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Delhi’s ancient monuments host metaphors and rhyme
SHWETA SHARMA  1st Jul 2012

The first edition of Poetry at the Monument

ith the chirping of birds and the chattering of squirrels for company, a group of poets assemble in the wee hours of the first or second Sunday morning every month under the umbrella of a recently launched poetry group, Poetry at the Monument. Conceived by poets Abhay Kumar and Alka Tyagi, the group plans to organise poetry readings at seven key monuments in the ancient cities of Delhi (Quila Rai Pithora, Mehrauli, Siri, Tughlakabad, Firozabad, Shergarh and Shahjehanabad), once a month throughout the year.

"The idea of reading poems at the Humayun's Tomb came from Alka who lives near the monument. Having visited all the seven cities in the past and knowing Delhi's history, I was excited about the idea; I expanded it by taking poetry to the seven cities in the next seven months. Thus was born Poetry at the Monument," says Kumar.

Launched on 13 May, the initiative hopes to bring back poetry to the city. It has already completed two readings — one each at Humayun's Tomb and the Bada Gumbad at Lodi Gardens recently. As a rule, generally 12 poets are invited to read out their works to a good mix of established, experienced and young poets, who have just started exploring the field.

"You would remember that Delhi, throughout its history, has played host to great poets such as Amir Khushro, Mir Taqi Mir, Zauq and Mirza Ghalib. But today, Delhi is a very different city. Our initiative achieves three key objectives — bring poetry out in the open from closed spaces, make Dilliwallahs aware of our heritage and facilitate poets of the city to meet each other and know each others' works," explains Kumar. Putting the average strength of gathering between 30-40 people, he adds, "Lots of young professionals flock to these gatherings seeking solace in poetry."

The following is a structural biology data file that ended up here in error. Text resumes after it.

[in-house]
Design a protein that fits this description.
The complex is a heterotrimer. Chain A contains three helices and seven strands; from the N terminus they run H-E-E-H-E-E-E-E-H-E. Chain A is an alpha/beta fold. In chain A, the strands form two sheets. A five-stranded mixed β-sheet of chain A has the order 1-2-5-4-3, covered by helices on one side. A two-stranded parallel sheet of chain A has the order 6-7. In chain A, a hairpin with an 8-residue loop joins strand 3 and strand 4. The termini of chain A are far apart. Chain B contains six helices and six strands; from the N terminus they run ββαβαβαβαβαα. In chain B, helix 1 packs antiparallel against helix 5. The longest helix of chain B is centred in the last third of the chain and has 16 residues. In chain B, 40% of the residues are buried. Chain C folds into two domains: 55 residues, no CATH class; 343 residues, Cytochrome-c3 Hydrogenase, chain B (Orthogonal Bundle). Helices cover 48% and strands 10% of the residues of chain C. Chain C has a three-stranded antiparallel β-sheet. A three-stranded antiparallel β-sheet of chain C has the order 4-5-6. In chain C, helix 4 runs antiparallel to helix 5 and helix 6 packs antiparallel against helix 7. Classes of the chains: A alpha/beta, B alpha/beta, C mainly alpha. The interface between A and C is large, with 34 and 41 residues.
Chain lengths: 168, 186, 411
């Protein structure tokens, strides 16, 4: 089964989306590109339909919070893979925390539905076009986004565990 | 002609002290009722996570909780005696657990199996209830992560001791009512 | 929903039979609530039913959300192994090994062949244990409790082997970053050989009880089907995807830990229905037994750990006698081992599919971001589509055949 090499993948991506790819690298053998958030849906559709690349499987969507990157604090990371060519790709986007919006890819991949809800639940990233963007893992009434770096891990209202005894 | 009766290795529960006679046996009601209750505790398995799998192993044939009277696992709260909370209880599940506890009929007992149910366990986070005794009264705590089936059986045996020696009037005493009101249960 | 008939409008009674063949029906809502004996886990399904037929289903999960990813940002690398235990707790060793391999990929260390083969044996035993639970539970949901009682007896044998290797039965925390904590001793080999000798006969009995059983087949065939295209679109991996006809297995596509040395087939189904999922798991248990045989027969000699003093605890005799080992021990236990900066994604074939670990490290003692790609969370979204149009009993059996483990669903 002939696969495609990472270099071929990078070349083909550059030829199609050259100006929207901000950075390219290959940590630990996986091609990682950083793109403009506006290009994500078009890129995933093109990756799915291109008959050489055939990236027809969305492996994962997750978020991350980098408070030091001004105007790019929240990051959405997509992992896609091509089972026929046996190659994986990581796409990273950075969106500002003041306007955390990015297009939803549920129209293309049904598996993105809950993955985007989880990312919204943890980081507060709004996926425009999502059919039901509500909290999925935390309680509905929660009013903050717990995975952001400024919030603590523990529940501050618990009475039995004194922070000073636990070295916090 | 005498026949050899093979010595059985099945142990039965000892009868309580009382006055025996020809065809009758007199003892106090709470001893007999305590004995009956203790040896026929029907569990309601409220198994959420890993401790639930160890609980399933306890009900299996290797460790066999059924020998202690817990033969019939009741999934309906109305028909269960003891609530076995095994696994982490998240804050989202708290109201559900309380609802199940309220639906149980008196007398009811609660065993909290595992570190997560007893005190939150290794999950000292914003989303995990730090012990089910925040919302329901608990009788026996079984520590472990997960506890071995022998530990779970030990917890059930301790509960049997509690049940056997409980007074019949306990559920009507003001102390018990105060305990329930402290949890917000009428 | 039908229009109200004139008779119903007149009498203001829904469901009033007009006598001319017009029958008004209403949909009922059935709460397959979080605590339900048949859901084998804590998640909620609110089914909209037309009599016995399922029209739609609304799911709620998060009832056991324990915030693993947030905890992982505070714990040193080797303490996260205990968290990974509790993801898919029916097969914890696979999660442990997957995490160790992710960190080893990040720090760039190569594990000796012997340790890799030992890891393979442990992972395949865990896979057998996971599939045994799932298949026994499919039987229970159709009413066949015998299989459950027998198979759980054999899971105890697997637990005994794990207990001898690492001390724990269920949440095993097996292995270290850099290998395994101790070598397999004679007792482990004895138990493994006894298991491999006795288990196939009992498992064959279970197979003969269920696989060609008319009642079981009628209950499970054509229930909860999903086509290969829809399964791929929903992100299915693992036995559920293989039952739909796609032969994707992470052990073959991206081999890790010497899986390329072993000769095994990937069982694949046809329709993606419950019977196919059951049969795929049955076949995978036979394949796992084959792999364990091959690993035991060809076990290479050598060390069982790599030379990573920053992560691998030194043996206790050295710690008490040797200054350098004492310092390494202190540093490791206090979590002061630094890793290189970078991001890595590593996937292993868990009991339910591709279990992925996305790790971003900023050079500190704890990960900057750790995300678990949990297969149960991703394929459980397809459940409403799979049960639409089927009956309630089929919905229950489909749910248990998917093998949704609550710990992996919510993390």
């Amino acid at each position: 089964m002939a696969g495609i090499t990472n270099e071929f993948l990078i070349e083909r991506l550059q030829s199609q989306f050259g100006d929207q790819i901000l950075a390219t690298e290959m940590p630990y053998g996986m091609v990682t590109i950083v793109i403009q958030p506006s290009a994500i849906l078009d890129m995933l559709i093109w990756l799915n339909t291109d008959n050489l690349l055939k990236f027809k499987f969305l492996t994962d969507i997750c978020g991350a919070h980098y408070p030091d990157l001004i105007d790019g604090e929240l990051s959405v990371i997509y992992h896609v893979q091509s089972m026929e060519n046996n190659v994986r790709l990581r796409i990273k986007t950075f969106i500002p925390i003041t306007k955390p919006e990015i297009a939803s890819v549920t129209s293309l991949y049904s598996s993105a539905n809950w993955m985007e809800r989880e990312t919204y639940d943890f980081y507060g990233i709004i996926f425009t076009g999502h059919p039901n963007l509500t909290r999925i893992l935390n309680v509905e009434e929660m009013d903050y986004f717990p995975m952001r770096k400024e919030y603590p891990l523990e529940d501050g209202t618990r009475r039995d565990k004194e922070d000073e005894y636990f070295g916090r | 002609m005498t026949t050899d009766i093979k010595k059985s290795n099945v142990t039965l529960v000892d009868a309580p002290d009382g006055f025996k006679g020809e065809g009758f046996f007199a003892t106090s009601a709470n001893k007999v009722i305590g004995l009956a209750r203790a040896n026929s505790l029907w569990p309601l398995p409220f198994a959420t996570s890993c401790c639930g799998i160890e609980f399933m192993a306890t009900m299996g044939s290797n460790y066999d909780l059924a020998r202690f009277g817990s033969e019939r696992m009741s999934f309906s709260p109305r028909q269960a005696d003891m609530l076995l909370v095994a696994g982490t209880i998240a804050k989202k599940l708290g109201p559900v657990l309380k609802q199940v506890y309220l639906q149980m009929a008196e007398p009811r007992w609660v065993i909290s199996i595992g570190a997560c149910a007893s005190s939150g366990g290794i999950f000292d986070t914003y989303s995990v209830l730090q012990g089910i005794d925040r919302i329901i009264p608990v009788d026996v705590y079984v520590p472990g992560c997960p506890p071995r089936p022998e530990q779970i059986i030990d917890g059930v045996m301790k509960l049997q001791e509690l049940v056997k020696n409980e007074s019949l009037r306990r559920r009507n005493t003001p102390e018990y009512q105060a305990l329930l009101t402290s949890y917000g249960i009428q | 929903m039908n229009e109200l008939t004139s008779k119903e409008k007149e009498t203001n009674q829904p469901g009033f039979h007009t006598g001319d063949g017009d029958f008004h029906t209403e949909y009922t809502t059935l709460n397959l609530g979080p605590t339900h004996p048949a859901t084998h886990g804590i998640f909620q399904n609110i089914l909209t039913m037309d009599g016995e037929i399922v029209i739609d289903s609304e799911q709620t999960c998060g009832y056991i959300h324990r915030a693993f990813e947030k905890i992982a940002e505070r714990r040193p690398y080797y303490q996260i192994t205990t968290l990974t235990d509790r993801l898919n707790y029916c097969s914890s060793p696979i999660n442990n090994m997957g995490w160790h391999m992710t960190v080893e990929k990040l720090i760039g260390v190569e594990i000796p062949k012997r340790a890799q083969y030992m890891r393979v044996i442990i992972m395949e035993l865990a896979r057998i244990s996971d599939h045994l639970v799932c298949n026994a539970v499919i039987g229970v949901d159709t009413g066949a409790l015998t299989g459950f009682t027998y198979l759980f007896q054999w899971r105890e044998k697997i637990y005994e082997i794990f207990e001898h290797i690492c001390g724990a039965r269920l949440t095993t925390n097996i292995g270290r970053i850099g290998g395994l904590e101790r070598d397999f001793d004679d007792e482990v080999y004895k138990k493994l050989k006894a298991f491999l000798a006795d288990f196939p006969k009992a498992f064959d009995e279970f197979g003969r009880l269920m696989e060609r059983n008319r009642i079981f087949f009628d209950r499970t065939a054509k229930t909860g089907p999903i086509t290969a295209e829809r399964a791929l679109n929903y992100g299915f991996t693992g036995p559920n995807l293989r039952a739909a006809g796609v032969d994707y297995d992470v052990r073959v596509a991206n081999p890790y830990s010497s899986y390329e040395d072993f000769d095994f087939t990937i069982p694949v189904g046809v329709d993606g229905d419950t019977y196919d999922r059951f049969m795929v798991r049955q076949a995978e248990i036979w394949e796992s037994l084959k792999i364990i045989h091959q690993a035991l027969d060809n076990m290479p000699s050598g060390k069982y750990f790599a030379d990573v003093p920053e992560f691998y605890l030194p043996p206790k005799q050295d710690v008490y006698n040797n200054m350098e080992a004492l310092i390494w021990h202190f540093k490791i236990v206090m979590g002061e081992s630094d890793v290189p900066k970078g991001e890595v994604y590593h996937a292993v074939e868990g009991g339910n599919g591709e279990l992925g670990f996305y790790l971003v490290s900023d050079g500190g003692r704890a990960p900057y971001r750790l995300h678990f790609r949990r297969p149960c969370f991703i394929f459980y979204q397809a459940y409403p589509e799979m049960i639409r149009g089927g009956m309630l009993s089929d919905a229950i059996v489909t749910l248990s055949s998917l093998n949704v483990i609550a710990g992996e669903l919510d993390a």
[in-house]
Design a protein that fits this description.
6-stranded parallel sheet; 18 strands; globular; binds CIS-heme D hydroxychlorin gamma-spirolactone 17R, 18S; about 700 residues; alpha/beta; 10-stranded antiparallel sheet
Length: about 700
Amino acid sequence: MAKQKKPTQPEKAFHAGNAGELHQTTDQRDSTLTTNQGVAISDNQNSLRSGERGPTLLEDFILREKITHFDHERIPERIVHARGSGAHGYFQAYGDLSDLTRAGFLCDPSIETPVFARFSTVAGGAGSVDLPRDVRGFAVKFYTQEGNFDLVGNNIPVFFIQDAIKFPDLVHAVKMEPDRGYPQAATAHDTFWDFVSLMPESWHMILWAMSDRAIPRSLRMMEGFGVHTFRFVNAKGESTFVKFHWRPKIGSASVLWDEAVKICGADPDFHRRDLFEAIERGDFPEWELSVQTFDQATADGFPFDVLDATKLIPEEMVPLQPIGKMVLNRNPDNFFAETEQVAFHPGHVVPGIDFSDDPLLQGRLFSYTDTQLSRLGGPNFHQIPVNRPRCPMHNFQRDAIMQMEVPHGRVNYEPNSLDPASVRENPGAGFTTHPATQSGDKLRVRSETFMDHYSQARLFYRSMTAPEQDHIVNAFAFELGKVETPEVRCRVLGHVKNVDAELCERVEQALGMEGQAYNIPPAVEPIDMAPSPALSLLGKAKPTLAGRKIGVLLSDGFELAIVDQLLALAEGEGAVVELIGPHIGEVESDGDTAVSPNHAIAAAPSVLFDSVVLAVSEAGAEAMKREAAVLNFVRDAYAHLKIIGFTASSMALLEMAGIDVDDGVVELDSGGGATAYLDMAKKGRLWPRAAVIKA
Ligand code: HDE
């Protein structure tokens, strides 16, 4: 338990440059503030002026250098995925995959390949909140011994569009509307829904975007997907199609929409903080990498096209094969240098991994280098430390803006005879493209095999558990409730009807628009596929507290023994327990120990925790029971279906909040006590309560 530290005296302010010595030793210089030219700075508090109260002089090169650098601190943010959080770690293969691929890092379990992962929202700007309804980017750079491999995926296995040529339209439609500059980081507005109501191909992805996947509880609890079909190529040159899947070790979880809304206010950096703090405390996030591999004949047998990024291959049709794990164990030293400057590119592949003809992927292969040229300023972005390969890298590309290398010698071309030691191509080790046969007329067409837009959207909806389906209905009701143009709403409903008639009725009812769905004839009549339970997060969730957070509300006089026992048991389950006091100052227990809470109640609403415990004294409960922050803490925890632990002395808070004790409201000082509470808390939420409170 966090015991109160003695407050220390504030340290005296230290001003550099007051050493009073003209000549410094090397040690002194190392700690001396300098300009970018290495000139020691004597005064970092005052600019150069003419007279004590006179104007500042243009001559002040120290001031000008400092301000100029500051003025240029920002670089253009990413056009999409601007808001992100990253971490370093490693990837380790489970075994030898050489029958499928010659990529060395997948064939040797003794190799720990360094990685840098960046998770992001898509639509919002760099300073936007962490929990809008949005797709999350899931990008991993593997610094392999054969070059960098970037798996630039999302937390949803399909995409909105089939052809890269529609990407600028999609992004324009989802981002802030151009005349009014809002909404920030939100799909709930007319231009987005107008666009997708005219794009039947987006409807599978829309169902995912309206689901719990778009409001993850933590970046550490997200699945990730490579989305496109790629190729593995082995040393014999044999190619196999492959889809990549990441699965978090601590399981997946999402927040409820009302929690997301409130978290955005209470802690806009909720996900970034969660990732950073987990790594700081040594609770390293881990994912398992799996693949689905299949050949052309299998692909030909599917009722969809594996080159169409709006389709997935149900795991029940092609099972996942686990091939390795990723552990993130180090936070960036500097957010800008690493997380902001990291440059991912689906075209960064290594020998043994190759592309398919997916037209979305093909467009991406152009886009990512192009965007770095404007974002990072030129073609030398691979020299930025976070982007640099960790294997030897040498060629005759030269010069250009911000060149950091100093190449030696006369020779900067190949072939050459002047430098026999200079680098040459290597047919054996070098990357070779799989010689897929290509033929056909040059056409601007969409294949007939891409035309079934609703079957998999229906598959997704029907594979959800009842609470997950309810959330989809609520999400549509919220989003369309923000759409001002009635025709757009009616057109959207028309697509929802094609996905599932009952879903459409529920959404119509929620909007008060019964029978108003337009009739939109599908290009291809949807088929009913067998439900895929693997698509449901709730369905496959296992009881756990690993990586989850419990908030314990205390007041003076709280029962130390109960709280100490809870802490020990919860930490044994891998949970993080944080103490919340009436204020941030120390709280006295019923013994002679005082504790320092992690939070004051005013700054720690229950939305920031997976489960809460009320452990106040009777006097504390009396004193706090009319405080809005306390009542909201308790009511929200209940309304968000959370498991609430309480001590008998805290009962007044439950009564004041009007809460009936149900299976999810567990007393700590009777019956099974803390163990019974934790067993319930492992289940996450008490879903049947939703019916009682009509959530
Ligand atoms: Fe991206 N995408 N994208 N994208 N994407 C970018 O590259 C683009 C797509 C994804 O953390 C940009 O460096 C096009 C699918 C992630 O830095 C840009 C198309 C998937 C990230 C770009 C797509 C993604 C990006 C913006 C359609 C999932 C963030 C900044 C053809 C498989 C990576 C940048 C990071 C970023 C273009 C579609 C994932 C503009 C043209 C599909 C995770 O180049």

Future recitals are scheduled for Shermandal (Purana Kila), Ashokan Pillar (Ferozeshah Kotla), Muhammadwali Masjid (Siri), Tughlaqabad, Lal Kot/Qutub complex (Mehrauli) and Ghalib's Haveli (Shahjehanabad), as these venues are landmark heritage sites of Delhi.

Are the gatherings themed according to the monument in the background? "Poets are encouraged to read a poem or two on the monument where we read but not forced to do so. For example, I read my poem Searching Dara Shikoh at our first reading at the Humayun's Tomb because Dara Shikoh is buried there. Our sittings are much more than just a reading session. Younger poets learn how to recite poetry from the more experienced ones and experienced poets update themselves with new ideas and thoughts of the younger lot," he says.

Their next gathering is scheduled for 8 July at Shermandal, Purana Qila, the place where Humayun fell down from the stairs of his library and died a few days later.

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